Be the Ultimate Dive Buddy: Beginning diver courses generally limit emergency skill training to self rescue and tired diver assists. Why?
- Beginning students lack sufficient knowledge, skill and experience to truly master complex rescue skills.
- There is simply not enough time in most beginning scuba courses to cover all the rescue and emergency management skills that every diver should have.
This is why the Rescue Diver course provides important follow-on training. It covers:
- Self-rescue and diver stress.
- Dive first aid.
- Swimming and non-swimming rescue techniques.
- Emergency management and equipment.
- Panicked diver response.
- Underwater problem solving.
- Missing diver procedures.
- Surfacing the unconscious diver.
- In-water rescue breathing protocols.
- Egress (exits).
- First aid procedures for pressure related accidents.
- Dive accident scenarios.
The Rescue Diver course also helps you meet important prerequisites for Master Diver, Divemaster and other leadership-level courses.
Who Can Take This Course?
- Be at least 12 years old.
- Be certified the NASE Advanced Open Water Diver level (or equivalent).
- Hold current First Aid, CPR and Oxygen Provider certifications.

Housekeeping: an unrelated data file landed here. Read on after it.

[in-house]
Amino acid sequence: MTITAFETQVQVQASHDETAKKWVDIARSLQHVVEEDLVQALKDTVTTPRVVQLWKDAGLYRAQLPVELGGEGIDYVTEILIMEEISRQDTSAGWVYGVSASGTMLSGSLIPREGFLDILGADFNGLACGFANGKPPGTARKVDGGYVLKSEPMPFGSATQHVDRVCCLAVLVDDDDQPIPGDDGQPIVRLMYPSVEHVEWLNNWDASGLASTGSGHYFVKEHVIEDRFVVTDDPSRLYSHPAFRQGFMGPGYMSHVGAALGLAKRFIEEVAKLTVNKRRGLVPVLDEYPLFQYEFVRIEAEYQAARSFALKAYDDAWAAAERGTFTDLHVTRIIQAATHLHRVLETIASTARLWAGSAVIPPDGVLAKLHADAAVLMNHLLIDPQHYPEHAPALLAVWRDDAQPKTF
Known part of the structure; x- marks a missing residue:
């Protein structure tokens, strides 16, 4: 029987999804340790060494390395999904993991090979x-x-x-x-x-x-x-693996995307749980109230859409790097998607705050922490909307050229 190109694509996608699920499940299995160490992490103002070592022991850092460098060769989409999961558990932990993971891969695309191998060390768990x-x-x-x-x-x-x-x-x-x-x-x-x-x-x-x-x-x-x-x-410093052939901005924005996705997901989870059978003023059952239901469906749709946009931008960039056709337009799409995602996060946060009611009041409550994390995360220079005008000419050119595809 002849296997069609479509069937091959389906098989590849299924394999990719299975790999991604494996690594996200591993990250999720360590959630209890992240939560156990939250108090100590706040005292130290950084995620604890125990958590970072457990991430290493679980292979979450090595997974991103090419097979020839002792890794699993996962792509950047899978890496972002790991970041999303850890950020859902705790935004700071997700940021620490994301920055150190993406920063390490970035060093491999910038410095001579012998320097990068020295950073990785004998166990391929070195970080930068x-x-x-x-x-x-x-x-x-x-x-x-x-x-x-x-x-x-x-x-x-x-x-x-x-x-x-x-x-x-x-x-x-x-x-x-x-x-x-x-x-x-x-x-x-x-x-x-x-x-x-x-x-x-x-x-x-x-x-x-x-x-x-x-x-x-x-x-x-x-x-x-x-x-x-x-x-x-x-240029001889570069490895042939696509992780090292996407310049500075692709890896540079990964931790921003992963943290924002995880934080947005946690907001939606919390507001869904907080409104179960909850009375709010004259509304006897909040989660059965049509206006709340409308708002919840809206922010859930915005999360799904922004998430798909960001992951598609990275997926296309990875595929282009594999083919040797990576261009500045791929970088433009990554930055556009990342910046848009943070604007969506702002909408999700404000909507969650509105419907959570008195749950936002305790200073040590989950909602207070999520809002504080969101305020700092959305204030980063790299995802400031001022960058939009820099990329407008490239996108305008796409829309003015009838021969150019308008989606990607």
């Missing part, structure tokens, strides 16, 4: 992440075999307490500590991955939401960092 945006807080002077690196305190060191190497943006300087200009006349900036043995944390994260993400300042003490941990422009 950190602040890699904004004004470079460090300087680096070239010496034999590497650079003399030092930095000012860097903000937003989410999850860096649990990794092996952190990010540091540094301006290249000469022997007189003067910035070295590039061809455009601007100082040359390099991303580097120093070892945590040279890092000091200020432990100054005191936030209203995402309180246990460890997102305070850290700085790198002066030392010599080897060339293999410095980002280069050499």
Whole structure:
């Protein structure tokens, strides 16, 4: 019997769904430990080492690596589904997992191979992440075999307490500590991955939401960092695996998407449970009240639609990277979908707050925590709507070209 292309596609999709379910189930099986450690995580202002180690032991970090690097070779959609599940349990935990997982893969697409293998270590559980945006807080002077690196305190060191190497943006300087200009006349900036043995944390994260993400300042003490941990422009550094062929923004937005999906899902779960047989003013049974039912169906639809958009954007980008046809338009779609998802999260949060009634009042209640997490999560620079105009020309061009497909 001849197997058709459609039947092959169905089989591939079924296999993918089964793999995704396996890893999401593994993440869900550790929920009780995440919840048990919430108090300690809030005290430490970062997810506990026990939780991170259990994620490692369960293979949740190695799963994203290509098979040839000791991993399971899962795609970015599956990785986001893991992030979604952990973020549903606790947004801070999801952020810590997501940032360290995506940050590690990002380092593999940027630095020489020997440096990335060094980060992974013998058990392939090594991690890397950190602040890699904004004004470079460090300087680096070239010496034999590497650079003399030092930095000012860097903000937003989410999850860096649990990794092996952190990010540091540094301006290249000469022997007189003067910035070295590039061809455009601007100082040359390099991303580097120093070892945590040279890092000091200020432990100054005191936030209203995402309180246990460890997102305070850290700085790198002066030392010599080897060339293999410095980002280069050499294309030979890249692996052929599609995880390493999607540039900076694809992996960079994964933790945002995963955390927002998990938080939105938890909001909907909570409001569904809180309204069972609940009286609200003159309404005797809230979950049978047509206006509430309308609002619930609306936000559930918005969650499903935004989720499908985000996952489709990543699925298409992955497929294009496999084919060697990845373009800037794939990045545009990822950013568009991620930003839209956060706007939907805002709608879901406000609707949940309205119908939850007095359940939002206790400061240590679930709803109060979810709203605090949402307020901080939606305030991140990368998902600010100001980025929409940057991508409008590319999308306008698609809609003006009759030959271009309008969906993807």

- Be able to answer No to all questions on the NASE Medical History form, or secure a physician’s approval for diving prior to the start of the course
What is Involved?
- Self Study: Using the NASE Rescue Diver manual.
- 180 Minutes of In-Water Training: This may be a combination of confined-water and open-water training, or it may take place entirely in open water.
What Equipment Will You Need?
- Mask and fins
- Adequate exposure protection
- BC and regulator system
- One full cylinder per dive
- Dive computer or depth gauge and timer
- Underwater compass
- Dive knife or cutting tool
Depending on the dive site and planned activities, it may also be prudent to have items such as audible and visual surface signals. Your instructor may have further equipment requirements in addition to these.